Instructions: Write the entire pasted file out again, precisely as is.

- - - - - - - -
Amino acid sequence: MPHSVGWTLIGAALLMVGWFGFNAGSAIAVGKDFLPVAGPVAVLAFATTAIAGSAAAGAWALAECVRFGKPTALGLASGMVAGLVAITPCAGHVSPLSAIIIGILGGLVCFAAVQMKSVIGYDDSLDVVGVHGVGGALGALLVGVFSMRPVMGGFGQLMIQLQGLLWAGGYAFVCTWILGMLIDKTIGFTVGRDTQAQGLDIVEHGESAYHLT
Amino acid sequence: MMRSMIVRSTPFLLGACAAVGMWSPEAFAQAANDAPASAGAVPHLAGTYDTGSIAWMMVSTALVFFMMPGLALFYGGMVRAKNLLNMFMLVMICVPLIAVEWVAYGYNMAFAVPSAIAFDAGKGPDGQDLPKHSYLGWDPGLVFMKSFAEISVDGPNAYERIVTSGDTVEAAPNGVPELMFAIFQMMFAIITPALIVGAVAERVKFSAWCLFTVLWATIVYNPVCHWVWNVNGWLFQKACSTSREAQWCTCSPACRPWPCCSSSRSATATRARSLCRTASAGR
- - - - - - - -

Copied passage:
Amino acid sequence: MPHSVGWTLIGAALLMVGWFGFNAGSAIAVGKDFLPVAGPVAVLAFATTAIAGSAAAGAWALAECVRFGKPTALGLASGMVAGLVAITPCAGHVSPLSAIIIGILGGLVCFAAVQMKSVIGYDDSLDVVGVHGVGGALGALLVGVFSMRPVMGGFGQLMIQLQGLLWAGGYAFVCTWILGMLIDKTIGFTVGRDTQAQGLDIVEHGESAYHLT
Amino acid sequence: MMRSMIVRSTPFLLGACAAVGMWSPEAFAQAANDAPASAGAVPHLAGTYDTGSIAWMMVSTALVFFMMPGLALFYGGMVRAKNLLNMFMLVMICVPLIAVEWVAYGYNMAFAVPSAIAFDAGKGPDGQDLPKHSYLGWDPGLVFMKSFAEISVDGPNAYERIVTSGDTVEAAPNGVPELMFAIFQMMFAIITPALIVGAVAERVKFSAWCLFTVLWATIVYNPVCHWVWNVNGWLFQKACSTSREAQWCTCSPACRPWPCCSSSRSATATRARSLCRTASAGR